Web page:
In most states, including North Carolina, if your life insurance policy is less than two years old, the company will not pay in the event of a suicide.
Family members of suicide victims say the act is caused by an illness, and should not be discriminated against under the law.
"My husband died three years ago from a self-inflicted gunshot wound after after being diagnosed with clinical depression," says Lila Meeks.
Less than two years before the suicide, Meeks' husband, Buster, signed a new life insurance policy when his law firm decided to change companies.
Meeks should have been paid $340,000 when her husband died. Instead, she got just $4,000 because the policy was not yet two years old.
"You think you've made arrangements for your family, but there's this trick in the policy that you're not aware of," says Meeks.
"I think very few of us, including me, is aware of everything that's in our life insurance policy," says Tom Jacks, deputy commissioner for the North Carolina Department of Insurance.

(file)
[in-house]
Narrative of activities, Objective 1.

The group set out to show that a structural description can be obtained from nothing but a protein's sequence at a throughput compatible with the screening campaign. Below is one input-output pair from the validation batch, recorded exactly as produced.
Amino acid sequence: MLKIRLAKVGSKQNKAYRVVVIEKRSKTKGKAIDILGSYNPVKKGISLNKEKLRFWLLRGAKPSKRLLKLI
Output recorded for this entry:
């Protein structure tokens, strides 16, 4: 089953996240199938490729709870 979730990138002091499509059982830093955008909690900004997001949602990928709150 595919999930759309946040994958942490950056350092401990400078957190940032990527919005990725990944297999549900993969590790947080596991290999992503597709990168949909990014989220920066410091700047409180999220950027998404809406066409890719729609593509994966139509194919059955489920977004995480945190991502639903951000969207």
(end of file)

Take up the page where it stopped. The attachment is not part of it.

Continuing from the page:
Jacks says the law is intended to protect companies from fraud.
"People sometimes do purchase life insurance with the intent of ending their life, but making sure their beneficiaries are taken care of after they die," says Jacks.
Meeks disagrees. She believes suicide is caused by depression, which the victim has no control over.
"People die not because they choose to die, but because their brains are diseased," she says.
Meeks would like to see this law changed in every state, but insurance officials in North Carolina say it is not likely to happen anytime soon.